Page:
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Coil winding

Discussion in 'General Electronics Discussion' started by dayanj, Oct 18, 2010.

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  1. dayanj

    dayanj

    15
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    Sep 16, 2010
    I am winding a coil to get a constant magnetic field for my experiments.
    I am using a aluminum bobbin and winding insulated copper coil on it, I need ten layers.
    I was trying to wind it manually but its hard to get neat winding.
    Can someone suggest me any help with this?

    someone said I can use epoxy after each layer to keep that layer fixed, has anyone used it like that? if so which type of epoxy?
     
  2. (*steve*)

    (*steve*) ¡sǝpodᴉʇuɐ ǝɥʇ ɹɐǝɥd Moderator

    25,497
    2,839
    Jan 21, 2010
    An aluminium bobbin will act as a shorted turn and either shield much of the magnetic field or get really hot and possibly melt (depends if you're using DC or AC).

    If the aluminium bobbin is just there to support the windings while you wind them and you plan on removing it, that is OK. Otherwise, find something non-metallic (and non-conductive) to wind the wire on.
     
  3. Resqueline

    Resqueline

    2,848
    2
    Jul 31, 2009
    As steve says, using AC with a conductive bobbin makes for a dead short, but using DC it won't matter. I'd put varnish inside the bobbin for extra protection for the wire.

    Some people are able to mangle a perfectly straight wire, and some are able to straighten a completely mangled wire. I can't say how & why but it's all in the head & hands.

    Tape is often used to fix layers but if you have more time on your hands then the ethanol based Shellaq or a Polyurethane based varnish are the preferred choices.
    Of course 5-minute epoxy can also be used but it won't stand as much heat as the wire insulation does without softening & melting during use.
     
  4. dayanj

    dayanj

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    Sep 16, 2010
    Thanks a lot for your reply, could you please suggest me any commercial name or how to buy those shellaq or varnish for this specific use?
     
  5. dayanj

    dayanj

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    Sep 16, 2010
    And also can someone help me about how to select a gauge of wire to wind a coil?

    Lets say I want to create a coil to give constant 1T magnetic field.
     
  6. NickS

    NickS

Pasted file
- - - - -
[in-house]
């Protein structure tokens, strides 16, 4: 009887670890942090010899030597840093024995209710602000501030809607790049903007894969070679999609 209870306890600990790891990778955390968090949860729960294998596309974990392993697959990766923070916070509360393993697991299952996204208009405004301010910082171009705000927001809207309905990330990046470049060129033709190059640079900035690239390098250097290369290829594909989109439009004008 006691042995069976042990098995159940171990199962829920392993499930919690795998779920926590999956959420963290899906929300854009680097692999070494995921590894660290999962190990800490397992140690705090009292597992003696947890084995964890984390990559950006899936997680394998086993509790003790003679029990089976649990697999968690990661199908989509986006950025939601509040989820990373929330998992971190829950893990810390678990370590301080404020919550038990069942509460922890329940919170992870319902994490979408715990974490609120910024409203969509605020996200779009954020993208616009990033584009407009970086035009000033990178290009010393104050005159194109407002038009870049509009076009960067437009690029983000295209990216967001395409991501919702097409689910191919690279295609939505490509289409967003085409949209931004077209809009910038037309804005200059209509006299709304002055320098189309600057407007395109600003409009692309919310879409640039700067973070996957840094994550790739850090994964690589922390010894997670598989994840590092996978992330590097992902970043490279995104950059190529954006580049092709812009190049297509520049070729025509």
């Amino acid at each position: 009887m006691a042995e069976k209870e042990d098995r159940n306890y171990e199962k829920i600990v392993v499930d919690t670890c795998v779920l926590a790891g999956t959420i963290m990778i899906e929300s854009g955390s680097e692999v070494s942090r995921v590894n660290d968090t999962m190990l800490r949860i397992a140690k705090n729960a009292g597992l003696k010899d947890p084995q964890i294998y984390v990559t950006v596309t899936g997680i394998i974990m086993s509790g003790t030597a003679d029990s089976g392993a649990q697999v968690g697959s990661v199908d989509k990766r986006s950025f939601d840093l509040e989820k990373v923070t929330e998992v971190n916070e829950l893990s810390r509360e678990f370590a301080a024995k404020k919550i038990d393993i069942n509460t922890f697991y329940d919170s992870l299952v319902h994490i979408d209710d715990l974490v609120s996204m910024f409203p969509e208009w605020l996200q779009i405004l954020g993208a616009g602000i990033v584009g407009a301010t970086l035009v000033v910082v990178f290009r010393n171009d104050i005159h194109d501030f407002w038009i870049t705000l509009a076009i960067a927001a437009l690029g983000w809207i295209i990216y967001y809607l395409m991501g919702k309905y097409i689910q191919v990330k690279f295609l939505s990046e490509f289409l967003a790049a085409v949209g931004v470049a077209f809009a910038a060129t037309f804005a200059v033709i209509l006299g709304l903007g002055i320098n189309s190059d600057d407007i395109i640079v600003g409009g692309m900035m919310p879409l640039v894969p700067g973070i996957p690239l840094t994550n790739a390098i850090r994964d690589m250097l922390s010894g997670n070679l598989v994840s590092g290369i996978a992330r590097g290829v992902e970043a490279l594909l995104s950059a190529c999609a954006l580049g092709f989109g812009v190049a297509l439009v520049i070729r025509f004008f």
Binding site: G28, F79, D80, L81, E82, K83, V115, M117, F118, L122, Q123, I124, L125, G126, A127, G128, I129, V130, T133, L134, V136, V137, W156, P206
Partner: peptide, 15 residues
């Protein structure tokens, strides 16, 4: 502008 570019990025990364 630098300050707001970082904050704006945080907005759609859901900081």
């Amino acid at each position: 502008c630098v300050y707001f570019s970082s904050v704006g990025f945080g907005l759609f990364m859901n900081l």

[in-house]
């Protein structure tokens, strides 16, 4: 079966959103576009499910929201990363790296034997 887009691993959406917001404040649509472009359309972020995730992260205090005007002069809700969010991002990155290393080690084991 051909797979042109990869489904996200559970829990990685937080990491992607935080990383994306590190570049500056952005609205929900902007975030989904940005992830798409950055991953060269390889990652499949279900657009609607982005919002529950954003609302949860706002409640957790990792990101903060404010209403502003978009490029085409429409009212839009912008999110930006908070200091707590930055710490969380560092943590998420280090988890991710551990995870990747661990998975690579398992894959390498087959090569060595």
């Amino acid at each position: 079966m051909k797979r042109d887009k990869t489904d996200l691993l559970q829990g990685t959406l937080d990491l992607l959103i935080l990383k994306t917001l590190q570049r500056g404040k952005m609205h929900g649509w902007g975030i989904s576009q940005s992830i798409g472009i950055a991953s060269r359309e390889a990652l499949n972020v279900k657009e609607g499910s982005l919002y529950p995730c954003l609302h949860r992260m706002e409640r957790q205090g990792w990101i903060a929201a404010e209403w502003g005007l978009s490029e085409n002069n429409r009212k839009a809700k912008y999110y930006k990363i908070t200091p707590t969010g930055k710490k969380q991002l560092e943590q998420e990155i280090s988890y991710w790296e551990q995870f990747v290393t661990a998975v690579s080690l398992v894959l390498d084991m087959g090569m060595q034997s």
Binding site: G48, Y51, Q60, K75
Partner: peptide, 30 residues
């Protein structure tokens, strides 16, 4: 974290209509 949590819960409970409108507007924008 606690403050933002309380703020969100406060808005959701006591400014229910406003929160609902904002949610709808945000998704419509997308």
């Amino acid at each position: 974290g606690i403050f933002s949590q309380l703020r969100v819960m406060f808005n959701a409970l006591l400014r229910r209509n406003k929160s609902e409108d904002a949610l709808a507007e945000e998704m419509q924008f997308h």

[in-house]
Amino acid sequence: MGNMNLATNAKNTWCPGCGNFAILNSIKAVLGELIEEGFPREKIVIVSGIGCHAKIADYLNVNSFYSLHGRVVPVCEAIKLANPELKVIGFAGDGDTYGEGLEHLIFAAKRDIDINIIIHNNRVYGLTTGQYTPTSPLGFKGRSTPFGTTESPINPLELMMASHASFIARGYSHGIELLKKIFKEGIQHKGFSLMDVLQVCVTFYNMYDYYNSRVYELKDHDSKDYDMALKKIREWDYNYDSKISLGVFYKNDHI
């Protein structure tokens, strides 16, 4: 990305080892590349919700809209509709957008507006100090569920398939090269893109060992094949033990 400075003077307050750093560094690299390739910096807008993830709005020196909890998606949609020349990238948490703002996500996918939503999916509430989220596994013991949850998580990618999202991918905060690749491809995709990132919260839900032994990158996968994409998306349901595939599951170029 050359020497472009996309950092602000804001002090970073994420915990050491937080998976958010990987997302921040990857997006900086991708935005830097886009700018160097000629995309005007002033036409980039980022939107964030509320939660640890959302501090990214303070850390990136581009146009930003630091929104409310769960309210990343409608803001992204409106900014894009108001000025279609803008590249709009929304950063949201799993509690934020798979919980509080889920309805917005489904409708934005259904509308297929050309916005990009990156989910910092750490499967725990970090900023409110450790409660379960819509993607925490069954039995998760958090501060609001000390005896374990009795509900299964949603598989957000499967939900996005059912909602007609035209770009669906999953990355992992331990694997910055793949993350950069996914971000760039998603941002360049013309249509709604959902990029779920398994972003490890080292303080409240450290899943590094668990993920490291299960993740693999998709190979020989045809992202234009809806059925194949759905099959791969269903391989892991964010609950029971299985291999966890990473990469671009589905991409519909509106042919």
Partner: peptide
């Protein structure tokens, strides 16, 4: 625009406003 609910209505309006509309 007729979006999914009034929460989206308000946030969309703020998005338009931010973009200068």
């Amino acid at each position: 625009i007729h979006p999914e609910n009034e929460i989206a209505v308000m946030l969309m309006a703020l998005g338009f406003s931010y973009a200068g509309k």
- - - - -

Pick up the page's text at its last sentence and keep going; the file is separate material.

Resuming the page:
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    Apr 6, 2010
    What calculations did you use to decide the number of windings and the length of windings? The copper wire size should have been part of that. Also what is your power source?
     
  7. dayanj

    dayanj

    15
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    Sep 16, 2010
    well I didn't do the calculations myself, someone else handed me over results, i was thinking whether I can use a thinner wire and change the length or turns accordingly(doing calculations again), since this one im using is hard to wind.
    I am using DC power supply.
     
  8. NickS

    NickS

    367
    0
    Apr 6, 2010
    Check this link out.
    http://www.coilgun.info/theory/magnetwire.htm

    And for the calc you want to use a ferromagnetic core with a known permeability.
    B = (N*I*mu) / L

    B = mag field in tesla's
    N = number of turns
    I = current
    mu = permeability of the core
    L = length
     
  9. dayanj

    dayanj

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    Sep 16, 2010
    Awesome!
    Thanks bunches!!
     
  10. camerart

    camerart

    109
    2
    Aug 18, 2010
    I'm no expert.

    When I wound some pickup coils, I used tubular Ferromagnetic cores. Put a nut and bolt through, then put in a machine chuck. (drill, lathe etc) Then put a gentle tension on the wire as it winds, this helps to be more consistent.

    I think that winding like a basket makes them stronger, and you can let the wire go through Wax to make it stay in position. I actually chose not to do this and use more turns.

    I'm fairly sure that the cross section of the windings is best if it is square. (as wide as it is deep)

    I found it best to wind too many turns, connect up, and while connected carefully unwind turns till the require strength is achieved, then cut and reconnect.

    Hope this helps.
     
  11. dayanj

    dayanj

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    Sep 16, 2010
    It helps a lot!! Thank you!!
     
  12. NickS

    NickS

    367
    0
    Apr 6, 2010
    Minus the wax that sounds good. For an electromagnet you are pumping DC(unlike a speaker) and it will get hot and melt wax. If you do use something to hold the coils it would preferably be thermally conductive and heat resistant.
     
  13. camerart

    camerart

    109
    2
    Aug 18, 2010
    The wax is to hold the coils till they are sealed. Then I use super glue to hold the windings in place, but there is no heat involved.

    I once worked at a motor factory where they soaked the coils in resin and baked them, but the motors were going to be vibrated in use. I presume you will need to search for some sort of glue or resin that can stand the heat expected.

    I think this is mainly needed for consistency of coil strength.
     
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